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Norwegian solar energy company plans $620M plant in Tulsa

Posted at 2:50 PM, Jun 25, 2024

TULSA, Okla. — A Norwegian solar energy company, NorSun, chose Tulsa International Airport for its first U.S.-based factory location.

They plan to invest $620 million into a new 5 GW silicon ingot and solar wafer manufacturing facility.

"They take a silicone raw material, and then they shape it into what's called an ingot," Tulsa Airports Improvement Trust Director of Real Estate and Economic Development Daniel Regan told 2 News via Zoom. "That ingot then gets sliced very thinly into what they call a wafer, and that wafer ultimately is what's gonna collect the sun's energy."

Regan, one of the main negotiators behind the plan, said past setbacks in bringing big companies to Green Country didn't get his team down.

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"You know, Oklahoma and even Tulsa - we aren't typically on the top of the list when people are looking nationally," Regan said. "But when you start to dig in on the economics of the project, it makes real clear sense."

Regan spoke from Washington, D.C. where he stood for the announcement alongside officials from NorSun, Oklahoma Department of Commerce, and Gov. Kevin Stitt.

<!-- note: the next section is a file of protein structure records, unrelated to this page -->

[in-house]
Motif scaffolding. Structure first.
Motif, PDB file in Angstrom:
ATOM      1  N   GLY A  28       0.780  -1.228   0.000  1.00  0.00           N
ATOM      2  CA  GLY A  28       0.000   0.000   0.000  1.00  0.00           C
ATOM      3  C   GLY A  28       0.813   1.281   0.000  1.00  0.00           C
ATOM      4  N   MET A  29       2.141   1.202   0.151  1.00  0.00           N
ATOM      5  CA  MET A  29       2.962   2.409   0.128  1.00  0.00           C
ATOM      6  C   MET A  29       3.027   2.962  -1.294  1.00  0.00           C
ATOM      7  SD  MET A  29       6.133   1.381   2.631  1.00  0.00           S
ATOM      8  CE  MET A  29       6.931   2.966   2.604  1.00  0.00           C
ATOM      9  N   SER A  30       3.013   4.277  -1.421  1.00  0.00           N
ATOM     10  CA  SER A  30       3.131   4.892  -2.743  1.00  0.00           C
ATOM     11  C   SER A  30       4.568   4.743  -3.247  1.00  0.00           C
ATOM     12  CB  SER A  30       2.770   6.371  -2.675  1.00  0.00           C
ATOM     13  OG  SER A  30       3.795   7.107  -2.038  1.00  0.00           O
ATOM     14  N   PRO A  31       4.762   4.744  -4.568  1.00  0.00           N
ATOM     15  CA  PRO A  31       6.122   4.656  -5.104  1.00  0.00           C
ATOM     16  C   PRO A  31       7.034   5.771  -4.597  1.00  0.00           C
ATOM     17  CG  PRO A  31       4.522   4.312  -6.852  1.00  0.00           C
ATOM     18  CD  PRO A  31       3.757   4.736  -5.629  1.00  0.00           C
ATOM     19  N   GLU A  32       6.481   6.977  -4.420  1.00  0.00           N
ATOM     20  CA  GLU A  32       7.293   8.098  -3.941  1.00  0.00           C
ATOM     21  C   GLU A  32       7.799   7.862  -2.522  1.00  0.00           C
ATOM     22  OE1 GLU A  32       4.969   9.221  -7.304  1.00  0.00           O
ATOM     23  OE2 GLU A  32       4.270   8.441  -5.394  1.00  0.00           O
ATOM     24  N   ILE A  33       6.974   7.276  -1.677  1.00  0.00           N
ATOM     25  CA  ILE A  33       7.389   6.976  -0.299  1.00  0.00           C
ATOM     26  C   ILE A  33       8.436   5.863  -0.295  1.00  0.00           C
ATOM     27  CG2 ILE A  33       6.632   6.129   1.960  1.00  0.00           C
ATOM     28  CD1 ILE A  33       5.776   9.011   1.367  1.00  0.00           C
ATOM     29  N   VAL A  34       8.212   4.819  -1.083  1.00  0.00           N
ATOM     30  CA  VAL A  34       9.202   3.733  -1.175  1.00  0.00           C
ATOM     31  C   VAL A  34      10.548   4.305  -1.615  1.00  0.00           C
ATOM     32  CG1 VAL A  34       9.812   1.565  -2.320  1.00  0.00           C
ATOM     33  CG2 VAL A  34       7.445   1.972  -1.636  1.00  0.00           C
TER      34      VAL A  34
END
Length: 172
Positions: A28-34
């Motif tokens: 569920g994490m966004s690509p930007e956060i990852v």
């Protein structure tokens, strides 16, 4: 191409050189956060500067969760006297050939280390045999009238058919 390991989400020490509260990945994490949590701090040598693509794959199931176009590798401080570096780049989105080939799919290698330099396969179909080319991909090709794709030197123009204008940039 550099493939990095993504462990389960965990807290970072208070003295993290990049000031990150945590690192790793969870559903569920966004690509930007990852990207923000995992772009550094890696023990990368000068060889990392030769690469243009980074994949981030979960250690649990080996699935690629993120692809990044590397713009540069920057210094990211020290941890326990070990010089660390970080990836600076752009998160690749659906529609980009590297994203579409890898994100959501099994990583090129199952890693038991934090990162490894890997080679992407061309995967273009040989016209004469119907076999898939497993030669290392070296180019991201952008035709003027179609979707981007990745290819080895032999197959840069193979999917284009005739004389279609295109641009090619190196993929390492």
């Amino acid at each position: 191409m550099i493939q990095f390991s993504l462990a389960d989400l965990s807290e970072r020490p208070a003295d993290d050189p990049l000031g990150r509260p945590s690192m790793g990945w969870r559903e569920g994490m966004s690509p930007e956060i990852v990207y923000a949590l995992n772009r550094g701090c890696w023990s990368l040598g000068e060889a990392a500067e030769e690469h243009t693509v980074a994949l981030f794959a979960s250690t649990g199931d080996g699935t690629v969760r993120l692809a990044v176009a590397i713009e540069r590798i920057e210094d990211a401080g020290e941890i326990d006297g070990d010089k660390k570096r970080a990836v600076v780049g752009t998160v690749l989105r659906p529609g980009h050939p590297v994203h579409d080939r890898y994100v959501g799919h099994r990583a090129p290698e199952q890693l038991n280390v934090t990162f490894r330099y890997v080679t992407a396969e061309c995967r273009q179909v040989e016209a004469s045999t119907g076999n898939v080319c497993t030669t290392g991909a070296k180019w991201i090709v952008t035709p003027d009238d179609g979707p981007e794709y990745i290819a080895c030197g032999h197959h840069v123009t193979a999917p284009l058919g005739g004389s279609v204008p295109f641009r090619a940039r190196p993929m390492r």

Right now dozens of solar panel factories are being planned around the country, but almost none will produce the highly sought-after solar wafers. In other words, Regan said NorSun's Tulsa factory will be pretty unique with a high demand.

The company said the company's expansion to the U.S. is going create 320 new direct jobs in Green Country.

The facility will sit on 60 acres off of Mingo Road, and they plan to break ground in late 2024. It's expected to be finished in about two years.

“Our business plan has an ambitious timeline, so we knew we needed a partner who can work fast and efficiently to meet the critical need of American-made energy,” said NorSun CEO Erik Løkke-Øwre. “Oklahoma impressed us even before our selection journey – its robust clean energy, manufacturing ecosystem and workforce development programs were already on our radar, and its competitive business offerings and site acceleration options solidified our decision.”

The company said once production comes online 2026, the Oklahoma facility will be among the first in the U.S. to produce high-performing silicon ingots and wafers — currently the biggest bottleneck in having a fully domestic solar supply chain.

“I want to thank NorSun for their significant investment and support to add jobs in Tulsa and create further opportunity for industry needs across the globe,” Tulsa Mayor G.T. Bynum said. “This project represents the work of so many and we are excited about the positive impact and direction this new development will have in Tulsa and the State of Oklahoma.”

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